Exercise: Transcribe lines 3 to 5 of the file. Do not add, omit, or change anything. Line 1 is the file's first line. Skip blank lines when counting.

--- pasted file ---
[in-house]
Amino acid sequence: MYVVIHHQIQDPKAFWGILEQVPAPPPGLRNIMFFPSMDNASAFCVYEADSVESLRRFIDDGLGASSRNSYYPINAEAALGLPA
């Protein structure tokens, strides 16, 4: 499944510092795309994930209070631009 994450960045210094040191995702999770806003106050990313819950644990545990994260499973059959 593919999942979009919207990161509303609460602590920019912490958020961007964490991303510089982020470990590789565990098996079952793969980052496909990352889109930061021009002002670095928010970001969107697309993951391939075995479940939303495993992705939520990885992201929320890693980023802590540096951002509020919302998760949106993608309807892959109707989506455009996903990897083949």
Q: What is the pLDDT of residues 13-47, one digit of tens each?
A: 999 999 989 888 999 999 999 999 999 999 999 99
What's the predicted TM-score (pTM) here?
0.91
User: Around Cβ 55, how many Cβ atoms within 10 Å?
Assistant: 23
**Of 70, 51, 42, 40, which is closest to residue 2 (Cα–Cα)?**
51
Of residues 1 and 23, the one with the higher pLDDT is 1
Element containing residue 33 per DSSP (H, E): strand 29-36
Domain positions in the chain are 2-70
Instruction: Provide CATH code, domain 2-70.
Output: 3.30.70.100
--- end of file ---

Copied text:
């Protein structure tokens, strides 16, 4: 499944510092795309994930209070631009 994450960045210094040191995702999770806003106050990313819950644990545990994260499973059959 593919999942979009919207990161509303609460602590920019912490958020961007964490991303510089982020470990590789565990098996079952793969980052496909990352889109930061021009002002670095928010970001969107697309993951391939075995479940939303495993992705939520990885992201929320890693980023802590540096951002509020919302998760949106993608309807892959109707989506455009996903990897083949």
Q: What is the pLDDT of residues 13-47, one digit of tens each?
A: 999 999 989 888 999 999 999 999 999 999 999 99